The input of a Data Scientist reaches further than just the manipulation of the data. If AutoML tools are used without full understanding or authority to challenge their outputs, the resulting product could potentially be a “black box model”. Focussing purely on the model’s performance (by optimising the model’s performance around a key metric) can detract attention from how exactly the model is using the data. When performance is not acceptable an AutoML user may simply give up or try a different AutoML tool. The more damaging consequences may occur when an AutoML algorithm creates a model that meets or exceeds the required performance. Focussing on a performance metric alone and ignoring the inner workings of a model can lead to overfitting on the dataset, an inability to explain changes in performance or can raise ethical questions towards any biased prediction made by the model. Machine Learning models are being given increasing levels of freedom in ever-more critical domains such as medical diagnoses, driverless vehicles and credit decisions. With an ever-increasing impact on the decisions made by a model’s prediction, it is paramount that we understand how the model has come to its decisions and that we are able to verify whether the features that influenced the decision were not only relevant but also ethical. If AI is to be adopted in wider society with higher impact use-cases, businesses need to ensure that they can trust the mechanics involved and can clearly explain how the decisions are made. This is something that cannot be achieved with ‘out of the box’ AutoML tools. Explainability tools such as LIME go part of the way to give us confidence that a model is well-informed and behaving appropriately but these methods are typically very sensitive, offer localised explanations and can give rise to counterintuitive results.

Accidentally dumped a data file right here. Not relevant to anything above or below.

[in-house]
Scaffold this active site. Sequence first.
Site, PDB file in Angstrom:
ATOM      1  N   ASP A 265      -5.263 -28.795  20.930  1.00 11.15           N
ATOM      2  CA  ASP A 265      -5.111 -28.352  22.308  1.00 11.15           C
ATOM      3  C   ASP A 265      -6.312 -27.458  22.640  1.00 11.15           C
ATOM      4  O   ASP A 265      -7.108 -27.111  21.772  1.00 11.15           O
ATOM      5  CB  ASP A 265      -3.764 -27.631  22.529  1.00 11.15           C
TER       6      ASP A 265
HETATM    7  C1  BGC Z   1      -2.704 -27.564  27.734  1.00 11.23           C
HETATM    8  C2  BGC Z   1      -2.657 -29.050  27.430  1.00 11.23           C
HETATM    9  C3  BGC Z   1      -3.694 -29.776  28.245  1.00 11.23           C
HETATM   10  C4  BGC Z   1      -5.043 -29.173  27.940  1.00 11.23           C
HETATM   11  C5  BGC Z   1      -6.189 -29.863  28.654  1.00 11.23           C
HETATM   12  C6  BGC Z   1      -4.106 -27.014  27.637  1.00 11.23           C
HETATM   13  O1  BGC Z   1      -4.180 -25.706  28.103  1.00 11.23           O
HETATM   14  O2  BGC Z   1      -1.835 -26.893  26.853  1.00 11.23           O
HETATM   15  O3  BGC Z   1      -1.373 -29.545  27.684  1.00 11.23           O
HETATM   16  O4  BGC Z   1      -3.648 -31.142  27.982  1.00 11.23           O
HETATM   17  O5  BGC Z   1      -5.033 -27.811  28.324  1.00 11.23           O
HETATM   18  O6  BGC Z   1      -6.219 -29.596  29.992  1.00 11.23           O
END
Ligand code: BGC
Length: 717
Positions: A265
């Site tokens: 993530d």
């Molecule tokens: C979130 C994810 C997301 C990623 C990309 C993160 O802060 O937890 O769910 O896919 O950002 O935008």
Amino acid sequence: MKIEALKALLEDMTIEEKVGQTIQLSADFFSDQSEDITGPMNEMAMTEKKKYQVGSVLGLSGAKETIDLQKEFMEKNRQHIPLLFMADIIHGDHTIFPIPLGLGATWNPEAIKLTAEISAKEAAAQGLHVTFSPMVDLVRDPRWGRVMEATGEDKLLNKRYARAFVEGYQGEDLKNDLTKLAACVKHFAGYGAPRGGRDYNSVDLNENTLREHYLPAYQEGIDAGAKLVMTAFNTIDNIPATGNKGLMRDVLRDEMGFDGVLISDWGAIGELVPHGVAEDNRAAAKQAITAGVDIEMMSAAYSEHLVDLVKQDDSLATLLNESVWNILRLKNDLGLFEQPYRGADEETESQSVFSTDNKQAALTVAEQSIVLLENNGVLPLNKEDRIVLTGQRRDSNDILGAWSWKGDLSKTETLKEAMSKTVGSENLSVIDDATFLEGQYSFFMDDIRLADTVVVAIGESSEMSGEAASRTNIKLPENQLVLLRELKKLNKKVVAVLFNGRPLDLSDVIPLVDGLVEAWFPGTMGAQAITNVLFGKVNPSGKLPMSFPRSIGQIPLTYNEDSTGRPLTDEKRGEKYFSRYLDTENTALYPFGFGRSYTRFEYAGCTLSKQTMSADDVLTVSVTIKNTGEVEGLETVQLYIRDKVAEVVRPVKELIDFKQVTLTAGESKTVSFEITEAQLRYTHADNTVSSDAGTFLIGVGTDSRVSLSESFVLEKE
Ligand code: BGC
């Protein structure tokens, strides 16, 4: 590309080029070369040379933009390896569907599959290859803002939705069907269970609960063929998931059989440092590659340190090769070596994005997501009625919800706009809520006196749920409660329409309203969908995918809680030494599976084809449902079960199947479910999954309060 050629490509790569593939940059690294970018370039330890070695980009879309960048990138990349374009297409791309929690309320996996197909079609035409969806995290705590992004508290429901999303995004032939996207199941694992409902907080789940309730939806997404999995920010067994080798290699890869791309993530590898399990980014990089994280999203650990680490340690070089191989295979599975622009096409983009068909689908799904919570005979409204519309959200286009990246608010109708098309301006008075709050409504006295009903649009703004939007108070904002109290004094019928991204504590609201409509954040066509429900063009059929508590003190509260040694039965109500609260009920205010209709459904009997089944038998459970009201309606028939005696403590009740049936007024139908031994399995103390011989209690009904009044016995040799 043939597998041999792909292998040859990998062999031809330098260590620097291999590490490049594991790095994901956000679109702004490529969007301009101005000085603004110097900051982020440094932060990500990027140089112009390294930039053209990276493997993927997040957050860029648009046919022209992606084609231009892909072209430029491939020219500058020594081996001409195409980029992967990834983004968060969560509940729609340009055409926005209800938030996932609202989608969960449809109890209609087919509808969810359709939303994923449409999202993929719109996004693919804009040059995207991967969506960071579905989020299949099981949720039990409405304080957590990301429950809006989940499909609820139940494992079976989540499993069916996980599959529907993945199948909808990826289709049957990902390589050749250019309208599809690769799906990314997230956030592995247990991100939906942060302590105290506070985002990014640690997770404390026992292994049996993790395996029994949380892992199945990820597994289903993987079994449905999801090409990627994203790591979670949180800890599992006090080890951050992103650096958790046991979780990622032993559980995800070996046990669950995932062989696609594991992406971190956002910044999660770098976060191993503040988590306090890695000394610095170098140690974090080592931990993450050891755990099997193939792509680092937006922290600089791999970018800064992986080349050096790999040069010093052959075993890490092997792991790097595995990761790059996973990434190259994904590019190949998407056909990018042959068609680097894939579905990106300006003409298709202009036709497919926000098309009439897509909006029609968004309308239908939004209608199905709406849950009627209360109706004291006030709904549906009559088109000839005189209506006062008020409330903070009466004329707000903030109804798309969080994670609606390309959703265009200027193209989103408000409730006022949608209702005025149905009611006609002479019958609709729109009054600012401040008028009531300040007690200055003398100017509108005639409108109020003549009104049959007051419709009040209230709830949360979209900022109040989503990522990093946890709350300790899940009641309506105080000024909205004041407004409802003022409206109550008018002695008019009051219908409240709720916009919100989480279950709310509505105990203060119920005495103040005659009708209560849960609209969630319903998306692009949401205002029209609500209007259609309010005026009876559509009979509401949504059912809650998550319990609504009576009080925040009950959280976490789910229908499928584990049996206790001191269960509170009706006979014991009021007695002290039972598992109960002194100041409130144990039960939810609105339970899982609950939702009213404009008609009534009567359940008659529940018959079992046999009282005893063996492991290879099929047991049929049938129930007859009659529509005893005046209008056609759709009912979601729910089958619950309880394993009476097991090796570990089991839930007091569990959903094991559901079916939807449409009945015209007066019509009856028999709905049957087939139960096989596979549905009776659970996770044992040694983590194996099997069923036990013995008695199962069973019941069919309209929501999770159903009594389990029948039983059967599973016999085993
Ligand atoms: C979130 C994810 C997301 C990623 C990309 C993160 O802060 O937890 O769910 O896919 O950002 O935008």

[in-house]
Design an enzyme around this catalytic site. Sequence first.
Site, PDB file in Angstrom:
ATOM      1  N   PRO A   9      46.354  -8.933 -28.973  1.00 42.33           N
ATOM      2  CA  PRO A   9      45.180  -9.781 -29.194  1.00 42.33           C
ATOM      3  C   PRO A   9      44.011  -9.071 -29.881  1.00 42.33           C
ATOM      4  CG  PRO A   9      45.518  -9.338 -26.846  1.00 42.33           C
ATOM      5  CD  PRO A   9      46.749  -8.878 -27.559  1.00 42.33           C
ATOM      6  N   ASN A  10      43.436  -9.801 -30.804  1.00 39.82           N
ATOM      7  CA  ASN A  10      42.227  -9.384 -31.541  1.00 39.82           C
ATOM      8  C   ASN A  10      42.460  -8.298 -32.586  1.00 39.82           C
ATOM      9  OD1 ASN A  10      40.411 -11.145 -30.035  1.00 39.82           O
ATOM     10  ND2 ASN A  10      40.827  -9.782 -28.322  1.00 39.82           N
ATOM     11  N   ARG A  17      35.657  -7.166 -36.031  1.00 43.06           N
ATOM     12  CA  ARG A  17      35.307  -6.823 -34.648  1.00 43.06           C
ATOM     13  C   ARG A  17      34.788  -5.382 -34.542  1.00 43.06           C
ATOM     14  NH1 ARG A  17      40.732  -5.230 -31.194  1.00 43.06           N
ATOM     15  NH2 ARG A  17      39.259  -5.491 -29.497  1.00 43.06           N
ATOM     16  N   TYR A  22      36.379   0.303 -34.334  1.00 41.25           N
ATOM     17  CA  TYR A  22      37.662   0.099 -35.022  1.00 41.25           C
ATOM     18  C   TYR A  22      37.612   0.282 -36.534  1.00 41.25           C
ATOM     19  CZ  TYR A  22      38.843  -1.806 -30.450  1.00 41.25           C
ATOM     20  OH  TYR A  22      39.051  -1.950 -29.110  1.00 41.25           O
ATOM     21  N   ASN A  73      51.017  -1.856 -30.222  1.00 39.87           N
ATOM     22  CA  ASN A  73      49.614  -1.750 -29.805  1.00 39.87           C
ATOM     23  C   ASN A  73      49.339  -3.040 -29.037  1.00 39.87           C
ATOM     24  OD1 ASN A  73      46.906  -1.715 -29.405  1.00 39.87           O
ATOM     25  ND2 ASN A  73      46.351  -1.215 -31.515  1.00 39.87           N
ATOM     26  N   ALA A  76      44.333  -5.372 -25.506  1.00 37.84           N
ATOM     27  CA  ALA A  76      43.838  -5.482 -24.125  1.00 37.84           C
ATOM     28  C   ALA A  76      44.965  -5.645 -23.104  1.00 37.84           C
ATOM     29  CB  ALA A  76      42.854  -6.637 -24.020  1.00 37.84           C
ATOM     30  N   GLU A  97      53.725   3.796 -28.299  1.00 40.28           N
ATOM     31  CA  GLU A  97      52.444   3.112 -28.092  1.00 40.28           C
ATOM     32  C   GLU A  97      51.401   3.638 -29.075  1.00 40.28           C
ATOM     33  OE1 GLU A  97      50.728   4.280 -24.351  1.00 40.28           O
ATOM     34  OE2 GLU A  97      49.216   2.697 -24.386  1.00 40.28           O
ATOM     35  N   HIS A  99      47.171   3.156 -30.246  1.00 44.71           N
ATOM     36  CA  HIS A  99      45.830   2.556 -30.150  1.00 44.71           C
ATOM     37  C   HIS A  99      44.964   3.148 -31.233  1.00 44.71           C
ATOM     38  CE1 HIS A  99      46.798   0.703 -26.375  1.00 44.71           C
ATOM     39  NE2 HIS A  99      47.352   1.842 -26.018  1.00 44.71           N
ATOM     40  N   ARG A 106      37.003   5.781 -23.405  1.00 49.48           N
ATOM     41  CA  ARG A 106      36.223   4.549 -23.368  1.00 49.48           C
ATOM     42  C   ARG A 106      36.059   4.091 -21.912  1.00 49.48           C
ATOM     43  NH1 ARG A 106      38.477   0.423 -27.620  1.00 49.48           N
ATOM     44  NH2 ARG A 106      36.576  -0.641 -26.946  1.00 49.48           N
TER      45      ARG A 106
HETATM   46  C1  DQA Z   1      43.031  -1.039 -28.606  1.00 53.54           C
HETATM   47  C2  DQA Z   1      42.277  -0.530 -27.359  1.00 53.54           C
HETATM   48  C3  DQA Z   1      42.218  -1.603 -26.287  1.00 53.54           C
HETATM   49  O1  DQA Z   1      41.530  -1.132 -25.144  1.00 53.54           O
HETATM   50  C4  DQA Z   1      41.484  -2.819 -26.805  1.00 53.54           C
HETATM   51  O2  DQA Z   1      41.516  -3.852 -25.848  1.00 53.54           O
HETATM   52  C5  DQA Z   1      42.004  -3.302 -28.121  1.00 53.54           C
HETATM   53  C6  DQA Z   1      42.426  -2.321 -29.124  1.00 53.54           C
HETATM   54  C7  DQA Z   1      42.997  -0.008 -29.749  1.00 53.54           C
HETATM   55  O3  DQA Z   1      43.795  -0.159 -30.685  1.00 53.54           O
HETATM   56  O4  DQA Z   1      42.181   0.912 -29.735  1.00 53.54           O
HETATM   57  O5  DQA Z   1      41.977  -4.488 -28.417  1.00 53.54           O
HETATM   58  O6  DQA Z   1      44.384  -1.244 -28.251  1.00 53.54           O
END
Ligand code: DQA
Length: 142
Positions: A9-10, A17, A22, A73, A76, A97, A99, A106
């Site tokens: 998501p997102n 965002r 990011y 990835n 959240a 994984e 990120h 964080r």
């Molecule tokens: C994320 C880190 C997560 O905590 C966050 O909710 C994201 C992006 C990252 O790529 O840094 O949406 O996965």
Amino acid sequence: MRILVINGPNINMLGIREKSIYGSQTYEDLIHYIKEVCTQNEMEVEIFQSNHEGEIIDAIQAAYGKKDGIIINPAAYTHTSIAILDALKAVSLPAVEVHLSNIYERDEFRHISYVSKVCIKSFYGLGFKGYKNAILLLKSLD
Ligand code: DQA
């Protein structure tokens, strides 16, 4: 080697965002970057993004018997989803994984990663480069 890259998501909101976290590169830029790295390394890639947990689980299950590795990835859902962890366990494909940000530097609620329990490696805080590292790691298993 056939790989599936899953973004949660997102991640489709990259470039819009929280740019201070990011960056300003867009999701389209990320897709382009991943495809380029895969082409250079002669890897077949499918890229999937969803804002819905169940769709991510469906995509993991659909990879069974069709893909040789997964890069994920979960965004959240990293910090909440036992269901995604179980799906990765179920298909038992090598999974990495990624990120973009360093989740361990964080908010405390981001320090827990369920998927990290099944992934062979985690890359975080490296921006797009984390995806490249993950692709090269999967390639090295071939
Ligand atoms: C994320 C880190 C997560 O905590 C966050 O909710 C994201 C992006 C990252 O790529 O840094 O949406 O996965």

The greatest limitation of AutoML is that it cannot frame business requests into Machine Learning problems. In many cases, positioning the problem is the biggest challenge. Most business requests are wide-spread and multi-faceted, requiring problems to be framed appropriately in order to reap the benefits of Machine Learning. Even if we are to leverage AutoML the experience of a data scientist will be required to position the boundaries of the automated model development. The amount of data being stored by companies is growing exponentially and data scientists are spending more and more time trying to wrangle and compile this data into a usable and informative format. Data scientists will often joke that their job is 90% data preparation and 10% Data Science. While companies are more aware that they need to organise and store this data in an appropriate, consumable format it still requires expertise to make sense of the information, identify trends in the data and generate valuable insight.
Performance is a key measure of a Machine Learning model and AutoML tools are effective in achieving the required performance more quickly. For the wider adoption of AutoML tools, they need to evolve in such a way that explainability is baked into their very core. If we can automatically train, deploy and serve models that include clear explanations for their decisions, we will reach the level of trust required to deploy these models more confidently within highly regulated industries such as Financial Services. The ceiling that AutoML will seemingly never be able to break through is in human creativity. The ability to extract knowledge from an experienced individual and manipulate the dataset to tackle an intricate business problem is a quantum leap from today’s current standing.